Snowbird City

27 01 2012

The Canadians have landed.

The annual exodus from winter to warmer climes began about Thanksgiving (American Thanksgiving, that is…) and usually lasts until Easter. That means, we here in Hollywood, Florida, are currently in the thick of it.

A caravan of vehicles bearing the license plate “Je me souviens” begins moving south down I-95 just as Florida’s hurricane season is ending, and Quebec’s deep freeze is beginning. The colony grows by the day until South Florida is saturated.

Bienvenue! And spend some money here, you Lexus driver, you!

And they really are ALL French Canadians. In all my years of coming to Hollywood between November and April, I have never seen a Canadian license plate from west of Laval. I have no idea why.

One telltale indication that the snowbirds are back in town are the signs in the stores that say “On parle français” and…I walk by this one every day….

Yuck.

For those of you unfamiliar with this culinary delight from north of the border, it is truly disgusting. A heart attack on a plate if there ever was one. Fries drowned in cheese and gravy, basically. I had the honor of making its acquaintance once while at university in Canada, many, many years ago. My cholesterol level has not yet recovered.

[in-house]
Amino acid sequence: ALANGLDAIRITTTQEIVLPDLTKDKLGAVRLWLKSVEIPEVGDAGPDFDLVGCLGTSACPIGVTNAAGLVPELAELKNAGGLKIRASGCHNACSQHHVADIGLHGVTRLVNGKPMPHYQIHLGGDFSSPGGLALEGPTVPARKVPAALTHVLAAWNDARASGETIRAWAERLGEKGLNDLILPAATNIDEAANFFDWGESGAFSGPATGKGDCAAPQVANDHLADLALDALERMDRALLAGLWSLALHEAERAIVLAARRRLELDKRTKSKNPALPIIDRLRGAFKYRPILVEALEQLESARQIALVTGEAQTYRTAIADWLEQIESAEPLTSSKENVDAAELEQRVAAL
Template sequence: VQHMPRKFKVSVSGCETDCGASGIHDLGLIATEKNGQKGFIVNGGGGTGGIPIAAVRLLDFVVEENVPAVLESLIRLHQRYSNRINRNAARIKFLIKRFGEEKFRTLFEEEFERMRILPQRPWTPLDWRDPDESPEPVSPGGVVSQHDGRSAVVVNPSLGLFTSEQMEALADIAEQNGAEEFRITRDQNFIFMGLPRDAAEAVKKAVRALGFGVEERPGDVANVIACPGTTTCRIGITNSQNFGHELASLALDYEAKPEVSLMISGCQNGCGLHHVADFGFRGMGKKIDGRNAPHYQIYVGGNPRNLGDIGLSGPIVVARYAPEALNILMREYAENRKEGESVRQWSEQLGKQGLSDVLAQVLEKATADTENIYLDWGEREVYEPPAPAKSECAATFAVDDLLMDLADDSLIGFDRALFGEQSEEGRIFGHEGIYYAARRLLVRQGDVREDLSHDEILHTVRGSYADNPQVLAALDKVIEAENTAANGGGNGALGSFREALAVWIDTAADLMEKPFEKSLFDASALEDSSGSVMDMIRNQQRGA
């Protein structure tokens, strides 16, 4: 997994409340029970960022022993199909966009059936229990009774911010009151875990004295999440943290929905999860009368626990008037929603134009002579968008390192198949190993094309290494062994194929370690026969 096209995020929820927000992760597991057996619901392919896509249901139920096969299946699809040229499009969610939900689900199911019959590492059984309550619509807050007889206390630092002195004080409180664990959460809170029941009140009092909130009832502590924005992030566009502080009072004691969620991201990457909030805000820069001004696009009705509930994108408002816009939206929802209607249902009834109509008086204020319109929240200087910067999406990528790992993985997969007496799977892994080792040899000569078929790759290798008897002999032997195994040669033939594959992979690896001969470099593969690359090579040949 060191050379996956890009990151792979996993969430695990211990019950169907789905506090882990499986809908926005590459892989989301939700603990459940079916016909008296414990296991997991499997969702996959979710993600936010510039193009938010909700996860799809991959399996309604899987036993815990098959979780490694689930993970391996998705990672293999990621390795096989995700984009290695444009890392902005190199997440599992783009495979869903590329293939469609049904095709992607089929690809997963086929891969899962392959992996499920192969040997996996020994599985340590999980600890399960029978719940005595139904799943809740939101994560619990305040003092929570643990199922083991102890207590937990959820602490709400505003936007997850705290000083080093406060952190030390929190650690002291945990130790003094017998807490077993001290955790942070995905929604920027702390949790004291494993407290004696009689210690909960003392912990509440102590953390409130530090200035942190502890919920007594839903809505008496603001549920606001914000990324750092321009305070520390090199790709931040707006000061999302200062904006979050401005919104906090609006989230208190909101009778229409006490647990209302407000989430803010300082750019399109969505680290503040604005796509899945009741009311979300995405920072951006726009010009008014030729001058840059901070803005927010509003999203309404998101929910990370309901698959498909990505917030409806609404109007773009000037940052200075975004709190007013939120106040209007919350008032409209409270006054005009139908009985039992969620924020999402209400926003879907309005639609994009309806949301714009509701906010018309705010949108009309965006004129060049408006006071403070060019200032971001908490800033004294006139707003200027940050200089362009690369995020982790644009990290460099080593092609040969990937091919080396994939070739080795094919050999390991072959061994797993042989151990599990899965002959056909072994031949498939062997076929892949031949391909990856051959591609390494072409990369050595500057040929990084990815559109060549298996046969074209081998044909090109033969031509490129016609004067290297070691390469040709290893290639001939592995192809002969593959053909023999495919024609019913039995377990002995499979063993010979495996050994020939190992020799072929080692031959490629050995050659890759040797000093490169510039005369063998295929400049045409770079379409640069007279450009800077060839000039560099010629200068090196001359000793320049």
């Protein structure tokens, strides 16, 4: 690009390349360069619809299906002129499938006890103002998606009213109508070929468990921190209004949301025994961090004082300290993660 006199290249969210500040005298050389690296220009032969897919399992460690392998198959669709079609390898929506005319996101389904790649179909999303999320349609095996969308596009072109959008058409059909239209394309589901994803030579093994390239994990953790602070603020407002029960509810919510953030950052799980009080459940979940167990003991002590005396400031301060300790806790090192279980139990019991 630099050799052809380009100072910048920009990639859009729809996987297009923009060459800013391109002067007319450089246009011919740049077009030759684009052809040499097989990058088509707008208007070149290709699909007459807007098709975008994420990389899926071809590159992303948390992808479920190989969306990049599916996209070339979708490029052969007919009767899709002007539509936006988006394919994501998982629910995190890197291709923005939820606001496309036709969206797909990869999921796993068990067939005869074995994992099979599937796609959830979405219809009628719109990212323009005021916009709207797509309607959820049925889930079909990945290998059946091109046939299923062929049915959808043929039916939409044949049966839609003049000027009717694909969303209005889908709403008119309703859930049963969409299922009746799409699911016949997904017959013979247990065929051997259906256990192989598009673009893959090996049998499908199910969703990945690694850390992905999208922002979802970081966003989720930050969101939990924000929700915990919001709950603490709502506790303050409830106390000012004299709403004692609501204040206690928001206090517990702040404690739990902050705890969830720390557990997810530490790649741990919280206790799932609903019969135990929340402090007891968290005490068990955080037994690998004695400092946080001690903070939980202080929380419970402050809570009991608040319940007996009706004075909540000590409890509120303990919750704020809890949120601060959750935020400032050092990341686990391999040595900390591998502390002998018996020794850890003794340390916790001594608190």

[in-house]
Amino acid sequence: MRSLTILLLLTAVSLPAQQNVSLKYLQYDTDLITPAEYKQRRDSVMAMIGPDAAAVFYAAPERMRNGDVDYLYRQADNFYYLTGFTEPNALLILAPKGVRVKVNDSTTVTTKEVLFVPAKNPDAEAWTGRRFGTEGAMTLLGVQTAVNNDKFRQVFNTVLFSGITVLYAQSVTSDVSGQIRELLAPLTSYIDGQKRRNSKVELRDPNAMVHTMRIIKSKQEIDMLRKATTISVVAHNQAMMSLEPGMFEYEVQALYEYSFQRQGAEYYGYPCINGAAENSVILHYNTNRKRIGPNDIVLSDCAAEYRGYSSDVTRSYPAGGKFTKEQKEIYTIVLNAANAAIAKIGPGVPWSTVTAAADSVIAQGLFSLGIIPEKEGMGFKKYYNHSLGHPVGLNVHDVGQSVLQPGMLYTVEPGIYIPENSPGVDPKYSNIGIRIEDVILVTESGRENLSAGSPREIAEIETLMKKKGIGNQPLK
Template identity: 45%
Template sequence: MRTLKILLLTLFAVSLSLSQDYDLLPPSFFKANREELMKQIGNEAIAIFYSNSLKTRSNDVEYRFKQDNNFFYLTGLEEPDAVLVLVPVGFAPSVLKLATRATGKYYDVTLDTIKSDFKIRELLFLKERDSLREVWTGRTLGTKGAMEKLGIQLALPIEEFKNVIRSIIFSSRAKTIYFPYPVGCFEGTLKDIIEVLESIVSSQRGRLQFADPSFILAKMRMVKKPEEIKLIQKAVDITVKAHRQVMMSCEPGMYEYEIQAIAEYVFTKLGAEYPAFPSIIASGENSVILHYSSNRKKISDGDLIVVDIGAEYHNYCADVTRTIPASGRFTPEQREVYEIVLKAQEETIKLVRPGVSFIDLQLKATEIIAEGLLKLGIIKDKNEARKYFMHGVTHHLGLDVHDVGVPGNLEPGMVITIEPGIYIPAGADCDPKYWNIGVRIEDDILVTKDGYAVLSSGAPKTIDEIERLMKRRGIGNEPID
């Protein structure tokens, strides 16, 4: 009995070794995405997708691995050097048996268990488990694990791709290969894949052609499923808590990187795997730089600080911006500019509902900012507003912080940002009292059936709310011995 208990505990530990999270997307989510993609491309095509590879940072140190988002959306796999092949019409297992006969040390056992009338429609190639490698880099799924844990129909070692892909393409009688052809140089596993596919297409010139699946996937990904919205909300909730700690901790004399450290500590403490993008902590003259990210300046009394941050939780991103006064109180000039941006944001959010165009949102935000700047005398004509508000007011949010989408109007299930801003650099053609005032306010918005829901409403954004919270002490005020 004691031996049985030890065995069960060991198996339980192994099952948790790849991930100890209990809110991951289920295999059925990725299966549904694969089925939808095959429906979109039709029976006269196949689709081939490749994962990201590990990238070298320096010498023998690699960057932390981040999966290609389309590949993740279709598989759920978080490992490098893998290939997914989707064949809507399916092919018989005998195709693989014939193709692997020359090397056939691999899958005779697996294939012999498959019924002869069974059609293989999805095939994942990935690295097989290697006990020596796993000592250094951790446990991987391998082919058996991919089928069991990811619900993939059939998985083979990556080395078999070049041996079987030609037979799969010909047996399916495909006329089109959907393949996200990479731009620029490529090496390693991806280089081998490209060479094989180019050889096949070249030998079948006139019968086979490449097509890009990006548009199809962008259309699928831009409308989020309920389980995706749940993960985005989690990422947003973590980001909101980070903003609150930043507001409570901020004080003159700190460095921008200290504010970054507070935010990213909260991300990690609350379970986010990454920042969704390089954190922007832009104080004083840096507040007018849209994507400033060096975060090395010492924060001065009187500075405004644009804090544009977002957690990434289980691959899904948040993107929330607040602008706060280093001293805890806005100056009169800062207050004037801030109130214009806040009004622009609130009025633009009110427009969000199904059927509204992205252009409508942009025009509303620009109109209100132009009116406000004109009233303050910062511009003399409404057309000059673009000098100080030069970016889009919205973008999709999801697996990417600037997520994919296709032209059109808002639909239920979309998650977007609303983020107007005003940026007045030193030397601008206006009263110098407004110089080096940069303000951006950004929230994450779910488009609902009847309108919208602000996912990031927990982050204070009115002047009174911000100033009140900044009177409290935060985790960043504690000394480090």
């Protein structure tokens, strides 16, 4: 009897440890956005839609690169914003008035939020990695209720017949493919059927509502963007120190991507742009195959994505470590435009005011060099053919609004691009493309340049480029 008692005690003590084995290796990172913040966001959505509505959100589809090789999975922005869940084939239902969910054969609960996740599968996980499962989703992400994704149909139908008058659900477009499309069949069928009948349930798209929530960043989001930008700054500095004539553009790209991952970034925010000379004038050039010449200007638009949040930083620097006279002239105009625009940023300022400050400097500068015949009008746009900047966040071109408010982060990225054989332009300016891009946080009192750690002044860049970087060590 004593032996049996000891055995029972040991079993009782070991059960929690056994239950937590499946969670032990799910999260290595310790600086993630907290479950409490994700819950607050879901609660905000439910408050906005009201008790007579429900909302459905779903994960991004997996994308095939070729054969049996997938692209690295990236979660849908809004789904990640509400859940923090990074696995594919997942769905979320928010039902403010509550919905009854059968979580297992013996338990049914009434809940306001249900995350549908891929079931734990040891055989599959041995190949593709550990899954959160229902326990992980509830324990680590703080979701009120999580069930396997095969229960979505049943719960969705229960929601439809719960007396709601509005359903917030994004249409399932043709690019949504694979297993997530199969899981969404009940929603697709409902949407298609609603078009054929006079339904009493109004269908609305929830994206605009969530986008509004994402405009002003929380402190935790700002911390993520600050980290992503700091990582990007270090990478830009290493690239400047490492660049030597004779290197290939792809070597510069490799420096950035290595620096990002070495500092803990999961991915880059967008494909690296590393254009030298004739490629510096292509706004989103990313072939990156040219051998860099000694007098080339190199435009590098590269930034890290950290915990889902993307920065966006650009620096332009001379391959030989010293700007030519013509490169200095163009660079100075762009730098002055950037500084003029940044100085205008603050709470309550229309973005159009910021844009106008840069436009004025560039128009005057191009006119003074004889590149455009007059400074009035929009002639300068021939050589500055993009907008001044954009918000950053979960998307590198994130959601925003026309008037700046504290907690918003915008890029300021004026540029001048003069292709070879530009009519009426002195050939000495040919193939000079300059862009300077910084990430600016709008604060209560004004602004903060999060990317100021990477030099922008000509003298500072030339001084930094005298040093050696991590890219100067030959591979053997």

R. and I have started playing a drinking game when we are out in one of the bars downtown or at the beach. It’s called “Identify the French Canadian”. I can’t say what it is about them, but we are generally 98% right (and therefore drink a lot). French Canadians just have this look, and they all seem to look the same.

But despite the invasion of les Français, we are thankful for their cash, which they toss around liberally, as every vacationer should.

To keep our French Canadian friends and neighbo(u)rs happy and entertained during their annual sojourn to Florida, Hollywood offers Claude, the two-step king.

Monsieur "MC et DJ prof." in action at "Disco-Karaoké".

He is out a few times a week in the bandshell on the beach, crooning old favorites from the 60’s and 70’s. Hundreds of retired Canucks spend their afternoons in the sunshine, tapping their feet to Claude’s rendition of “Mustang Sally” and other favorites I never new had French subtitles or translations. His finale today was what seemed to be some kind of folk song that had everyone joining in in a sing-a-long.

It’s fun for the whole family, as Claude’s elderly line-dancing groupies – also out for every afternoon performance – will attest.

The ladies doing their thing for Claude.

We Floridians just sit there and gape at the crazy tourists.

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56 hours in bedlam

12 04 2011

As the Amtrak Keystone Service train slid along the tracks northward, I prepared myself for my 2-day New York City visit by trying to recall details from the time I lived there, in 1991-92.

20 years ago? Lord.

Somehow all I came up with were a couple of big blanks across my consciousness. Nothing more than a few fuzzy scenes of alleged ivy league glory. I was a graduate student, and I literally rode to hell and back in an academic year. There is nothing more to tell.

The distant skyscrapers of midtown Manhattan slipped into view…wow, that was quick… it seems like we just left Philadelphia. (It’s this close?) On the New Jersey Turnpike this trip seems to take a lot longer than by train.